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Frederick H. Dyer, Compendium of the War of the Rebellion: Regimental Histories 508 508 Browse Search
Frederick H. Dyer, Compendium of the War of the Rebellion: Name Index of Commands 23 23 Browse Search
William F. Fox, Lt. Col. U. S. V., Regimental Losses in the American Civil War, 1861-1865: A Treatise on the extent and nature of the mortuary losses in the Union regiments, with full and exhaustive statistics compiled from the official records on file in the state military bureaus and at Washington 18 18 Browse Search
Thomas Wentworth Higginson, Massachusetts in the Army and Navy during the war of 1861-1865, vol. 2 17 17 Browse Search
Col. O. M. Roberts, Confederate Military History, a library of Confederate States Military History: Volume 12.1, Alabama (ed. Clement Anselm Evans) 14 14 Browse Search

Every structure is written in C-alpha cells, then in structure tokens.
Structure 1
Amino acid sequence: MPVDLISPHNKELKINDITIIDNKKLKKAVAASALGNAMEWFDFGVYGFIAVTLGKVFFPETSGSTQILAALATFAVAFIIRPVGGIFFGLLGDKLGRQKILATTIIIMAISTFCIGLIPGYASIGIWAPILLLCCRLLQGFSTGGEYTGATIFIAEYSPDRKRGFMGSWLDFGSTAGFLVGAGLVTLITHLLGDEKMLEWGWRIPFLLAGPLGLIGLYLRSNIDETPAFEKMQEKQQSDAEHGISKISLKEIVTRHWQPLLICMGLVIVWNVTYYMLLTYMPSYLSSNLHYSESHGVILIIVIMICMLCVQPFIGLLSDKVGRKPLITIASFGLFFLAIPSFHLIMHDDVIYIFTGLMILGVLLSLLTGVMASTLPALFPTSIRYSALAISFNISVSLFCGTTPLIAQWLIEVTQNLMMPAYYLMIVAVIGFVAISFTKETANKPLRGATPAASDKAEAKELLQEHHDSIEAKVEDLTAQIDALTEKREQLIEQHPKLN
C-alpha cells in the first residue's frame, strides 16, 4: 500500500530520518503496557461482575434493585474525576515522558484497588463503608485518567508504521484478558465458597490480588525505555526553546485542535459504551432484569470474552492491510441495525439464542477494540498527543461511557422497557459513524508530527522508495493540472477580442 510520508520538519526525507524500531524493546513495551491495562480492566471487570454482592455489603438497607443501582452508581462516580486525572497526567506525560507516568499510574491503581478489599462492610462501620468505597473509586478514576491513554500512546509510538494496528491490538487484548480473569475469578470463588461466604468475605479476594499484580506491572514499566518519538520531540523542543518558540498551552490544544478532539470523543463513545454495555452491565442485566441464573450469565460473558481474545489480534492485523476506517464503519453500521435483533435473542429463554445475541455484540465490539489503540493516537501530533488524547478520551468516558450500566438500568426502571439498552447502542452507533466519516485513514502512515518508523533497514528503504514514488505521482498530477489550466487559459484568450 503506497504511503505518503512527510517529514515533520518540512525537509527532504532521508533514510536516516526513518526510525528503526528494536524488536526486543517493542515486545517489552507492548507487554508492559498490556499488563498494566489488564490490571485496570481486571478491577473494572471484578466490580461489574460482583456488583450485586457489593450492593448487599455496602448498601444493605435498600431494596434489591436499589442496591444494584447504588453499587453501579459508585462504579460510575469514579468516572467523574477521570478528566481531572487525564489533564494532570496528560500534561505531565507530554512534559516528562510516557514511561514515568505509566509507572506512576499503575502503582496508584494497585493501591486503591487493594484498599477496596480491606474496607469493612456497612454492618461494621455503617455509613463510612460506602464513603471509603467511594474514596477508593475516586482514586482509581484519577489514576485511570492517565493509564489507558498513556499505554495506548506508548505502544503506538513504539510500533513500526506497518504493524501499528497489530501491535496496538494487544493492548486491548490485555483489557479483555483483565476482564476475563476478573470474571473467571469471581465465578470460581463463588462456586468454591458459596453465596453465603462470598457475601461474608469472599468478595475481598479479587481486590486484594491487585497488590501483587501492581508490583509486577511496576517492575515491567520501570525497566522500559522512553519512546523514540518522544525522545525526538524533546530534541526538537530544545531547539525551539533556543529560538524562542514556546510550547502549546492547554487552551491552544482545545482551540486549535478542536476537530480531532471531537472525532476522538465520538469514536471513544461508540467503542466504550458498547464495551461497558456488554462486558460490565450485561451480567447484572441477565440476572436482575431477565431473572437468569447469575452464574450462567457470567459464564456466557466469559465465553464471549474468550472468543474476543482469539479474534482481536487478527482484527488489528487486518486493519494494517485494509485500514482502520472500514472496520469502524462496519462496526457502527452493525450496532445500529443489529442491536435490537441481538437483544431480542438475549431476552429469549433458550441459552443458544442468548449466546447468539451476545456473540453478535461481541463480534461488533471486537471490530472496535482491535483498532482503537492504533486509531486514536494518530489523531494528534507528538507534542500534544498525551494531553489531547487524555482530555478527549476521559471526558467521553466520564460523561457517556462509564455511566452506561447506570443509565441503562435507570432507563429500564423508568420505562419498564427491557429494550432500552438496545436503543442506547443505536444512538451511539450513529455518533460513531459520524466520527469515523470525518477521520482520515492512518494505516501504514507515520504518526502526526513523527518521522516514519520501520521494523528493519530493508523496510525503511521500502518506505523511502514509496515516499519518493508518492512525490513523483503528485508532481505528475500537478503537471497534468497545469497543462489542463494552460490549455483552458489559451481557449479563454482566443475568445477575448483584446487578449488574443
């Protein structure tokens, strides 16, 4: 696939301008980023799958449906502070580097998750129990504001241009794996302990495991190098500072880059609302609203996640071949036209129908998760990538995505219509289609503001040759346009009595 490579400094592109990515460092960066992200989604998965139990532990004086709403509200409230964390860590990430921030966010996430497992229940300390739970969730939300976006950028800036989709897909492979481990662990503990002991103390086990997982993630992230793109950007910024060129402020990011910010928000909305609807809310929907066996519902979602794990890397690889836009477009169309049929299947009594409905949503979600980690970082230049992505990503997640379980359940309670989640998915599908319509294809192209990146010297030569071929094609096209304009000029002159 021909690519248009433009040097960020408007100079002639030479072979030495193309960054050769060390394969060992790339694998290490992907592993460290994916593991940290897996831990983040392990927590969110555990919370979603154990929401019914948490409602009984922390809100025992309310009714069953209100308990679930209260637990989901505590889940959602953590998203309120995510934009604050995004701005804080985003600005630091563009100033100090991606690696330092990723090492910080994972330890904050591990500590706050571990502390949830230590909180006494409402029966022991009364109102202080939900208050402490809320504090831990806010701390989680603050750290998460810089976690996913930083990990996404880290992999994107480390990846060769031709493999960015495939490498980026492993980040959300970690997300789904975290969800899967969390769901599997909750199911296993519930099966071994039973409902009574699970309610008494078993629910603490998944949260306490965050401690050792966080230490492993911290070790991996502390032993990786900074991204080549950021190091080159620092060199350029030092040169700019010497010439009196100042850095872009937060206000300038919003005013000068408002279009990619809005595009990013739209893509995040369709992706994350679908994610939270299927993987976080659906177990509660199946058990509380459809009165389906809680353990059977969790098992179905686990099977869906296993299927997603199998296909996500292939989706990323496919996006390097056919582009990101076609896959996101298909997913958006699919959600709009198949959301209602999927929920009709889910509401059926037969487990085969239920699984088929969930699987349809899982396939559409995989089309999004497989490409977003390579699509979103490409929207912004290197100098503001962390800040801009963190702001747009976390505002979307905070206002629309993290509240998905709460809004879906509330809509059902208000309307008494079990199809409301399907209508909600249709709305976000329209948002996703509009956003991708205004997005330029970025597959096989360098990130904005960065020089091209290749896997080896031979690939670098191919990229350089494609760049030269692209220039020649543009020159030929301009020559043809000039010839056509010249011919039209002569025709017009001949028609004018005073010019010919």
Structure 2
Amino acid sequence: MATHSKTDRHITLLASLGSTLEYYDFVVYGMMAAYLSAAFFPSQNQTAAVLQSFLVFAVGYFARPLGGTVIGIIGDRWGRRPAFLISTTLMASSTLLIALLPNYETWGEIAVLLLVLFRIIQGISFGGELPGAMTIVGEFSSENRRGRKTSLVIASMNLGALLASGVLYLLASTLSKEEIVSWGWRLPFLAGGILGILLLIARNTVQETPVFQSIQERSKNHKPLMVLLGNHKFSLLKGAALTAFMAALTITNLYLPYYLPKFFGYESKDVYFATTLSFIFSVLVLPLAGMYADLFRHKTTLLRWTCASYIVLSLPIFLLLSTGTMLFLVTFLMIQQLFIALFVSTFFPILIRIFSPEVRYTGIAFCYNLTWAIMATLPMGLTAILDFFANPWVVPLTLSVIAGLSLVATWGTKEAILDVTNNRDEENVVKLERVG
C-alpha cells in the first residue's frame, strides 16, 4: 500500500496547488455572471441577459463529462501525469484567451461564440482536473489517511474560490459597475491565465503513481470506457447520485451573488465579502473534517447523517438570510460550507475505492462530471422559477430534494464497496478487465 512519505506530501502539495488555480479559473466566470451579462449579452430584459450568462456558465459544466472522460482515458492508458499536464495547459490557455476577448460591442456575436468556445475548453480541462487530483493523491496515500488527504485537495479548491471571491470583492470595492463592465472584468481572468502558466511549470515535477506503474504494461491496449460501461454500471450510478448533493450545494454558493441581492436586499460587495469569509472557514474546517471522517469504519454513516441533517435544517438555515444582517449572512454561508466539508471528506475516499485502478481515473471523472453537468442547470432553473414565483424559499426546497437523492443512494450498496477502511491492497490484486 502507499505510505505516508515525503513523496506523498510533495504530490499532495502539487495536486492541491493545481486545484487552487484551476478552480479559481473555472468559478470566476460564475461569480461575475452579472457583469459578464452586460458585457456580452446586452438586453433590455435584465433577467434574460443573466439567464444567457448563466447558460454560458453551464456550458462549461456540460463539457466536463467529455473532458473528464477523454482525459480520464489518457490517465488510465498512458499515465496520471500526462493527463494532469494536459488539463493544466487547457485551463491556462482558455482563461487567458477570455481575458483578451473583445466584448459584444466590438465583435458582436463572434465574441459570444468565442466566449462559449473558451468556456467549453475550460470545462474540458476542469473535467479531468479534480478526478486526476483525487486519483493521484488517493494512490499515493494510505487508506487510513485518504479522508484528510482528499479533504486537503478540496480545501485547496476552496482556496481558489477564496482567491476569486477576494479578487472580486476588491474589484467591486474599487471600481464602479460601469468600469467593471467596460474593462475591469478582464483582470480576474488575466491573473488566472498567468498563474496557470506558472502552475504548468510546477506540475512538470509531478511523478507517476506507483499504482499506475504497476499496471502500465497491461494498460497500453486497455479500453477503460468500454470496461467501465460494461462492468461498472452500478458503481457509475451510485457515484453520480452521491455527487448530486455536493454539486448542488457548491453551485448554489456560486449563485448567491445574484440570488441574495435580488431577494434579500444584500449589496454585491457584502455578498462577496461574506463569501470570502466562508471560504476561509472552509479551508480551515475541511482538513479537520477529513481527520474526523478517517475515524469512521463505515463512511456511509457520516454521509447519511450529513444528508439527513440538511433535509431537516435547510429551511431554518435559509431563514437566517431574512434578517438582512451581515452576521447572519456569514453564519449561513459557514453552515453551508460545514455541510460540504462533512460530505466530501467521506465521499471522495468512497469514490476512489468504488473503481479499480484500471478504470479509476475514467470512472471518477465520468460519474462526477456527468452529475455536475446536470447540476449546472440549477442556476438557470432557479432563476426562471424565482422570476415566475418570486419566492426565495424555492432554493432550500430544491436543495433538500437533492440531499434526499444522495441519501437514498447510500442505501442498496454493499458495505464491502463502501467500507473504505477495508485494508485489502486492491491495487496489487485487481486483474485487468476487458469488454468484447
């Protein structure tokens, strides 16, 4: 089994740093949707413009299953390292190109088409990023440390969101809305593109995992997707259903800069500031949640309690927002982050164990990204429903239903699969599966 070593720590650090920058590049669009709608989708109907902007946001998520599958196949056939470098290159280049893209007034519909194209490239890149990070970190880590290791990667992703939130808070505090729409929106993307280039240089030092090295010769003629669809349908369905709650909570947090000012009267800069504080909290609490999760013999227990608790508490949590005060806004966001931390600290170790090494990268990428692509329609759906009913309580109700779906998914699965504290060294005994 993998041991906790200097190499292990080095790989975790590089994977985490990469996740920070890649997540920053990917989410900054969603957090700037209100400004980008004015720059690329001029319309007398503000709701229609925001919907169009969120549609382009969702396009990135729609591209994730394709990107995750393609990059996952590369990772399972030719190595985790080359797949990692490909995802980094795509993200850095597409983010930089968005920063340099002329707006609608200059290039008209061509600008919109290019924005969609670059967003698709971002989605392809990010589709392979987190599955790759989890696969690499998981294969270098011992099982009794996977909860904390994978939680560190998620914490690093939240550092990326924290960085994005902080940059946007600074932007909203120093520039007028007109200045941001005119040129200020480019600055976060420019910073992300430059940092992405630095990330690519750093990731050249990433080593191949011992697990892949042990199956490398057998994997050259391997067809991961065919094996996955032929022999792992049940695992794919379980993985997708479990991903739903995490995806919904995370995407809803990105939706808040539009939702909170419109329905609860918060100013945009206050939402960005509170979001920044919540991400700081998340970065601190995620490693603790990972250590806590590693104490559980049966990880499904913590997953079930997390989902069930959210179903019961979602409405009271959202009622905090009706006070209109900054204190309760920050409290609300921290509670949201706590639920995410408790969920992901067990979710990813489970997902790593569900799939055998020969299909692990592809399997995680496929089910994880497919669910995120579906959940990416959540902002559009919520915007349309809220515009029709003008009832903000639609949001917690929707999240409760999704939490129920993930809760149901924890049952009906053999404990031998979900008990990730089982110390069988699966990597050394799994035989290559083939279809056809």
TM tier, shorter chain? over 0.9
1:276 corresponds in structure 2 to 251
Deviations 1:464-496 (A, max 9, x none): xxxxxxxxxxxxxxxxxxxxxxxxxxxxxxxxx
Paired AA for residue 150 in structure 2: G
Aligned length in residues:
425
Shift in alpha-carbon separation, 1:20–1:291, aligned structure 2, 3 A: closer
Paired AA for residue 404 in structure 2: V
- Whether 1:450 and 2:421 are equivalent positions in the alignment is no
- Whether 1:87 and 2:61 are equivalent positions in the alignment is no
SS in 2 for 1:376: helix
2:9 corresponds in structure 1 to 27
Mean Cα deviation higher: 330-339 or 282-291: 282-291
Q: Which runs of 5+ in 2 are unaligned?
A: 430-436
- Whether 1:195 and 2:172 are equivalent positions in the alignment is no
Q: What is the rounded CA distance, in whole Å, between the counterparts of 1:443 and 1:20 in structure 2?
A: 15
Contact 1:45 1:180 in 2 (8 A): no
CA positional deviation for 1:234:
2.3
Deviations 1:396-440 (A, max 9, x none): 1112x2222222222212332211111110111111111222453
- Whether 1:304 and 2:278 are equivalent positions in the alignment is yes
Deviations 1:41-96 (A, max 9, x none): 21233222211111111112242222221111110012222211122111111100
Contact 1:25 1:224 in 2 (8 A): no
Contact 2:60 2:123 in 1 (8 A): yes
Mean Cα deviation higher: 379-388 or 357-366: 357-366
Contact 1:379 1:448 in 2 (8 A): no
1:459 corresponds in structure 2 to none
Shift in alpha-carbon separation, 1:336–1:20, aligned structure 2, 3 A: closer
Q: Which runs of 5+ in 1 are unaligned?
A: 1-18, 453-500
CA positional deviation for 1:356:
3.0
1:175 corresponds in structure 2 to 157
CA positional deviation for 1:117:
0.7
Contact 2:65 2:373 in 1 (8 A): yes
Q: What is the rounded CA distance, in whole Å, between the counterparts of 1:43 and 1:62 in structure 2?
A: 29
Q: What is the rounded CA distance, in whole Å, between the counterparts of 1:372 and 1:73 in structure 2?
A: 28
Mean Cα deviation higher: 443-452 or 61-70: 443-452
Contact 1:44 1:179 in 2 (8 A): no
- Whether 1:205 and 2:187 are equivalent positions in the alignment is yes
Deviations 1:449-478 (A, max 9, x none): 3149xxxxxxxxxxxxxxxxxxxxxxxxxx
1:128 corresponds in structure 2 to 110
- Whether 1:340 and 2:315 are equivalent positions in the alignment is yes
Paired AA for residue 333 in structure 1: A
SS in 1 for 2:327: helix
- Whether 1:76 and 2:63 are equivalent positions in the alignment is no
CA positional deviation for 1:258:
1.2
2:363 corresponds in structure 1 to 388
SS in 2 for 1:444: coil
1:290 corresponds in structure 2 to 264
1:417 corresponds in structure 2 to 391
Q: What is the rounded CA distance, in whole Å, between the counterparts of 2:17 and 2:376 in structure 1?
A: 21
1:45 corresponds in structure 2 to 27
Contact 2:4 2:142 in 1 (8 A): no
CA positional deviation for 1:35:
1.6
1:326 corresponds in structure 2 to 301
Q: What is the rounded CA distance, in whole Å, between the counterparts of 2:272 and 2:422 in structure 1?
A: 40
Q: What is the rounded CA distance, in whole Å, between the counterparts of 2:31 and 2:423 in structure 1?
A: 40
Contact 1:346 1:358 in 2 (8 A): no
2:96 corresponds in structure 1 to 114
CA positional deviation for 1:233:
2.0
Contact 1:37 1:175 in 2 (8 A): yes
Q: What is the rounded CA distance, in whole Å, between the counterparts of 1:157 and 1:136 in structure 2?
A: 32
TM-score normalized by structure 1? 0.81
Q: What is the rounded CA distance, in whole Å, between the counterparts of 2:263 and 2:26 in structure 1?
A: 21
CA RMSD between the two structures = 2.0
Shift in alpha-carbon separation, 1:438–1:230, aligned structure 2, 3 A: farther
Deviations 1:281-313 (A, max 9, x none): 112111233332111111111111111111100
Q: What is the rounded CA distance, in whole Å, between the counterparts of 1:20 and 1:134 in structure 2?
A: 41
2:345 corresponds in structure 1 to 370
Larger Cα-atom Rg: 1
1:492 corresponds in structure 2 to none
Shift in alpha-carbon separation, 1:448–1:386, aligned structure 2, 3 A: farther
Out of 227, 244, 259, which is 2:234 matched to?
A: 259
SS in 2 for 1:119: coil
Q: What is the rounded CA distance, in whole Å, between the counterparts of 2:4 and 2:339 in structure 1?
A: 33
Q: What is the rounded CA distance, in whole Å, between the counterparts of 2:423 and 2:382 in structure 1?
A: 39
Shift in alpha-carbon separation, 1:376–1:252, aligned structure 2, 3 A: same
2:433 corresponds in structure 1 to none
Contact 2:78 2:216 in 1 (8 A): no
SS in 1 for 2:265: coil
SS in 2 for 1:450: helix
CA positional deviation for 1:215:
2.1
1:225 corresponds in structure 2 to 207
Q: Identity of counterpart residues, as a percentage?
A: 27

Brigadier-General Ellison Capers, Confederate Military History, a library of Confederate States Military History: Volume 5, South Carolina (ed. Clement Anselm Evans) 12 12 Browse Search
Admiral David D. Porter, The Naval History of the Civil War. 8 8 Browse Search
Thomas Wentworth Higginson, Massachusetts in the Army and Navy during the war of 1861-1865, vol. 1, Condensed history of regiments. 7 7 Browse Search
Harper's Encyclopedia of United States History (ed. Benson Lossing) 6 6 Browse Search
L. P. Brockett, Women's work in the civil war: a record of heroism, patriotism and patience 6 6 Browse Search
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Southern Historical Society Papers, Volume 1. (ed. Reverend J. William Jones), The treatment of prisoners during the war between the States. (search)